These findings are clearly supported in the record by testimony and documentation. The court was not clearly erroneous in allowing Wedge reimbursement for these "obsolete" inventory items. These items were not "sold, used or consumed," but merely placed on consignment.

V. Pre-judgment Interest

Indiana also challenges the trial court's granting of pre-judgment interest. As repeatedly stated in Indiana cases, pre-judgment interest is proper when the damages are ascertainable in accordance with fixed rules of evidence and accepted standards of valuation at the time the damages accrued. See e.g., Town & Country Mutual Insurance Co. v. Savage (1981), Ind. App., 421 N.E.2d 704, transfer pending; City of Anderson v. Salling Concrete Corp. (1981), Ind. App., 411 N.E.2d 728; Fort Wayne National Bank v. Scher (1981), Ind. App., 419 N.E.2d 1308; Portage Indiana School Construction Corp. v. A.V. Stackhouse Co. (1972), 153 Ind. App. 366, 287 N.E.2d 564.

The "ascertainable" standard is in reference to the amount of damages as distinguished from the liability for those damages. The trier of fact need always exercise its judgment to determine the liability for damages. But, pre-judgment interest is proper where the trier of fact need not exercise its judgment to assess the amount of damages. Luksus v. United Pacific Insurance Co. (7th Cir.1971), 452 F.2d 207; Floyd v. Jay County Rural Electric Membership Corp. (1980), Ind. App., 405 N.E.2d 630.

For example in City of Anderson v. Salling Concrete Corp., supra, the trier of fact had to exercise its judgment in determining the actual and potential values of the real property involved. The evidence presented at trial forwarded at least three different figures for the value of the land. Thus, the trier of fact had to exercise its judgment and, therefore, pre-judgment interest was found inappropriate.

However, in Floyd v. Jay County Rural Electric Membership Corp., supra, an individual was found by the trier of fact to have committed a series of fraudulent acts. Upon appeal, the Court stated:

"After determining liability in a multitude of separate incidents, the trier of fact had only to add the sums of money involved in each to determine damages. This calls for no exercise of judgment, merely computation. We cannot imagine a better case for allowing pre-judgment interest."

405 N.E.2d at 636.

In the present case we are well aware that the total reimbursement figure (damages) was in issue. And, we further note that Wedge's original claim for $73,108.45 was substantially different from the damages subsequently sought, $53,476.06 (complaint), and those awarded by the trial court, $48,358.06. See Portage School Construction Corp. v. Stackhouse, supra. However, that does not render the damages an unascertainable amount or not subject to mathematical computation.

Each individual item in the closing date inventory had a specific value agreed to under the purchase agreement. Each inventory item claimed by Wedge to be "obsolete" had that specific value. At trial, the issue was whether any given inventory item was "obsolete." If found obsolete, Wedge *428 was entitled to its reimbursement value. Damages, therefore, were a mere mathematical computation of adding the total value of all the "obsolete" inventory.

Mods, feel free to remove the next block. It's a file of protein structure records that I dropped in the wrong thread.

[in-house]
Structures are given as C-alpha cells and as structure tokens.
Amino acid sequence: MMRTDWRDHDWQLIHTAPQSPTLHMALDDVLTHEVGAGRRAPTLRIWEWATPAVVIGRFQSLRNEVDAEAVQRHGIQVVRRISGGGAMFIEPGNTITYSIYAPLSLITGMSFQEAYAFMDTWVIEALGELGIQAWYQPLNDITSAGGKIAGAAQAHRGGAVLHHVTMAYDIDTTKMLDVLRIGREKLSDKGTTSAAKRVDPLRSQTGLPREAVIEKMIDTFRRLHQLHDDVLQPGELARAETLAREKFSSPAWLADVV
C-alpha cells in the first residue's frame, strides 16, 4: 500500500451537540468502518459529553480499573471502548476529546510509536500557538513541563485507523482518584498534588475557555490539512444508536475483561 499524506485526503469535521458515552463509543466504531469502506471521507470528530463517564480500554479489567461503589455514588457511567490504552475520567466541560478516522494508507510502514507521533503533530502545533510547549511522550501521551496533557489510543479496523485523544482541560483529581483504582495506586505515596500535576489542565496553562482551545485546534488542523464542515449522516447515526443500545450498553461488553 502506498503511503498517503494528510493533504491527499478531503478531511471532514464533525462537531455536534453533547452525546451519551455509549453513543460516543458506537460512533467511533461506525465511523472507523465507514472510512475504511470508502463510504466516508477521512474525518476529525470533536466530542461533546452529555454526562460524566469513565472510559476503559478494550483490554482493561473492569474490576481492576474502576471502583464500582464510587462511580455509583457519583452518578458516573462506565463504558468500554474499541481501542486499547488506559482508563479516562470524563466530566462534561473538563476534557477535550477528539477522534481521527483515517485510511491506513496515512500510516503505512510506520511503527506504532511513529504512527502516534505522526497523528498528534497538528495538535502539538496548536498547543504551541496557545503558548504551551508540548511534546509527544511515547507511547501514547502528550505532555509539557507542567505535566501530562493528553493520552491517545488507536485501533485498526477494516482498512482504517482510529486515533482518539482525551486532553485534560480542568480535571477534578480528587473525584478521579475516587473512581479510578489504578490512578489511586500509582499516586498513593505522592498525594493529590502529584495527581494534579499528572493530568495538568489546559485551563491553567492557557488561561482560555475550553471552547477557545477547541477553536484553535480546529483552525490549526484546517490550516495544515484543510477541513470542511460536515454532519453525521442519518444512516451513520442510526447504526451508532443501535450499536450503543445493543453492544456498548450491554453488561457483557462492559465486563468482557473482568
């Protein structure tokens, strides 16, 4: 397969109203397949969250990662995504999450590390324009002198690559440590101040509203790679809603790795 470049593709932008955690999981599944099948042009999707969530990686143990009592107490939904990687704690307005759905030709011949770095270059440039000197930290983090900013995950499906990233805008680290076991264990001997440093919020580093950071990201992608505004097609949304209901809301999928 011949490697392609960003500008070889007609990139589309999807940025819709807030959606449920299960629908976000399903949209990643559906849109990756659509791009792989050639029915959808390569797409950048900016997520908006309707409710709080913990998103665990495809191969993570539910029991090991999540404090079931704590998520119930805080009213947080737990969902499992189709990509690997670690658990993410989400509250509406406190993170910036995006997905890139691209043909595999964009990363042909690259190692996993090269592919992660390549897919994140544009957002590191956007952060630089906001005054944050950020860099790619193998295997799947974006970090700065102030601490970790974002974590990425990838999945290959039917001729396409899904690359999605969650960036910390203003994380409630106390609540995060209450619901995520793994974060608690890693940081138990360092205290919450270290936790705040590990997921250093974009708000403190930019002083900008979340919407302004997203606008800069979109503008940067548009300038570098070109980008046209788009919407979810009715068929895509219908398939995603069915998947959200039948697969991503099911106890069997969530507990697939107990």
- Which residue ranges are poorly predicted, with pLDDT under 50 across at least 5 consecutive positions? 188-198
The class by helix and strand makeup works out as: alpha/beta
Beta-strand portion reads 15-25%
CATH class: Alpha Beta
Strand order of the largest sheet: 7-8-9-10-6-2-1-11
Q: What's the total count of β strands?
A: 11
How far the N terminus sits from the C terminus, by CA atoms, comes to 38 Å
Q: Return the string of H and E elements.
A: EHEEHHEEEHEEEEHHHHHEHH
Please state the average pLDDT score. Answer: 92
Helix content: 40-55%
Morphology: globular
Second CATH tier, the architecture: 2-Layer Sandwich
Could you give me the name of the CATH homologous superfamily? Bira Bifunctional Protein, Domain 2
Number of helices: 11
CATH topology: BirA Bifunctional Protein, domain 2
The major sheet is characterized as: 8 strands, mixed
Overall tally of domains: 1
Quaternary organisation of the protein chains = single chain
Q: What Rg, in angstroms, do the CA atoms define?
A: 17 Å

We further note that the obsolescence date was November 15, 1971. At the date of this Opinion, a full decade has passed without Wedge receiving the remuneration specifically provided under the contract. Surely, this is a proper case for the allowance of pre-judgment interest. As recently stated by Judge Garrard:

"The award of interest is founded solely upon the theory that there has been a deprivation of the use of money or its equivalent and that unless interest be added, the injured party cannot be fully compensated for the loss suffered ... Interest is recoverable not as interest but as additional damages to accomplish full compensation... ."

Fort Wayne National Bank v. Scher, supra, 419 N.E.2d at 1310-11.

VI. Sale of Inventory

Indiana also challenges the trial court's conclusion which stated:

"17. That pursuant to the contract the plaintiff had no duty to sell, scrap or otherwise interfere with the obsolete materials, in that the claim was fixed by the parties in the contract and the contract gave the defendant the right to reclaim the property as their remedy."

Indiana claims the conclusion states that Wedge had no duty to mitigate damages which is contrary to Indiana law.

We agree with Indiana that a non-breaching party, as a general rule, must mitigate its damages. See, e.g., Salem Community School Corp. v. Richman (1980), Ind. App., 406 N.E.2d 269; Lindenborg v. M & L Builders & Brokers, Inc. (1973), 158 Ind. App. 311, 302 N.E.2d 816. However, it is also the rule in Indiana that the breaching party has the burden to prove the non-breaching party has not used reasonable diligence to mitigate its damages. See, e.g, Salem Community School Corp. v. Richman, supra; White Truck Sales v. Shelby National Bank (1981), Ind. App., 420 N.E.2d 1266; Hirsch v. Merchants National Bank & Trust Co. (1975), 166 Ind. App. 497, 336 N.E.2d 833.

Upon appeal Indiana cites to portions of the record where a witness for Wedge admitted Tractor had never held an auction for the "obsolete" inventory. This same witness testified that Tractor may have attempted to sell some of the obsolete inventory for scrap. There was evidence, however, that an "obsolete" SM-30C unit was sold by Tractor for $4,465.00. No other evidence is cited by Indiana.

The trial court found Indiana to clearly be in breach of the agreement. Wedge, therefore, had a duty to exercise reasonable diligence in mitigating its damages. The trial court erred in concluding Wedge had no duty to mitigate damages. However, the only proof offered at trial regarding possible mitigation of damages was the sale price of the obsolete SM-30C. To the extent Indiana offered no evidence as to the damages that could have been mitigated, or that Wedge failed to exercise reasonable diligence in avoiding those damages, there was no harm to Indiana in the trial court's erroneous conclusion.[5]